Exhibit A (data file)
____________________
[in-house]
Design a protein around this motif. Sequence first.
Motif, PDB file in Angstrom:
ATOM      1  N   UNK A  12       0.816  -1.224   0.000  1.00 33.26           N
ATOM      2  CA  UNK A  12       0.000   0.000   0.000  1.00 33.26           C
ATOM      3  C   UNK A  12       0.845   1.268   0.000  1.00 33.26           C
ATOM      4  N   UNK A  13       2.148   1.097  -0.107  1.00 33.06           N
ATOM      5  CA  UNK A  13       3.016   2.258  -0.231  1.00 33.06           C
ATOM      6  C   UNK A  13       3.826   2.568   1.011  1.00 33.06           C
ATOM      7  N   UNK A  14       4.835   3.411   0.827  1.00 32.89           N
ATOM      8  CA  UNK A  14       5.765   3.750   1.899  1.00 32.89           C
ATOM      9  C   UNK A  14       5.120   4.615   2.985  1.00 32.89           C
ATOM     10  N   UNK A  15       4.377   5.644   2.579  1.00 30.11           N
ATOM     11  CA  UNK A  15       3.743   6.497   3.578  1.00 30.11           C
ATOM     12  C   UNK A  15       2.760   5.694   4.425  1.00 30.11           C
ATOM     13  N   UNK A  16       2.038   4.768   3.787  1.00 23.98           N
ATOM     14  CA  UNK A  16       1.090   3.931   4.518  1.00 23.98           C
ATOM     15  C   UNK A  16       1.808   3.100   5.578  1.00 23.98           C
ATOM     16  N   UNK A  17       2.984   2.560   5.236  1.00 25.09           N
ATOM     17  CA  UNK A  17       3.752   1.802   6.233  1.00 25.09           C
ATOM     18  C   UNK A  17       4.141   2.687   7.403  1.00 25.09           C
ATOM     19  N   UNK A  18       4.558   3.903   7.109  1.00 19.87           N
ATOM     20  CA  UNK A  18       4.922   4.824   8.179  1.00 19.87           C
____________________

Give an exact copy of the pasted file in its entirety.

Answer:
[in-house]
Design a protein around this motif. Sequence first.
Motif, PDB file in Angstrom:
ATOM      1  N   UNK A  12       0.816  -1.224   0.000  1.00 33.26           N
ATOM      2  CA  UNK A  12       0.000   0.000   0.000  1.00 33.26           C
ATOM      3  C   UNK A  12       0.845   1.268   0.000  1.00 33.26           C
ATOM      4  N   UNK A  13       2.148   1.097  -0.107  1.00 33.06           N
ATOM      5  CA  UNK A  13       3.016   2.258  -0.231  1.00 33.06           C
ATOM      6  C   UNK A  13       3.826   2.568   1.011  1.00 33.06           C
ATOM      7  N   UNK A  14       4.835   3.411   0.827  1.00 32.89           N
ATOM      8  CA  UNK A  14       5.765   3.750   1.899  1.00 32.89           C
ATOM      9  C   UNK A  14       5.120   4.615   2.985  1.00 32.89           C
ATOM     10  N   UNK A  15       4.377   5.644   2.579  1.00 30.11           N
ATOM     11  CA  UNK A  15       3.743   6.497   3.578  1.00 30.11           C
ATOM     12  C   UNK A  15       2.760   5.694   4.425  1.00 30.11           C
ATOM     13  N   UNK A  16       2.038   4.768   3.787  1.00 23.98           N
ATOM     14  CA  UNK A  16       1.090   3.931   4.518  1.00 23.98           C
ATOM     15  C   UNK A  16       1.808   3.100   5.578  1.00 23.98           C
ATOM     16  N   UNK A  17       2.984   2.560   5.236  1.00 25.09           N
ATOM     17  CA  UNK A  17       3.752   1.802   6.233  1.00 25.09           C
ATOM     18  C   UNK A  17       4.141   2.687   7.403  1.00 25.09           C
ATOM     19  N   UNK A  18       4.558   3.903   7.109  1.00 19.87           N
ATOM     20  CA  UNK A  18       4.922   4.824   8.179  1.00 19.87           C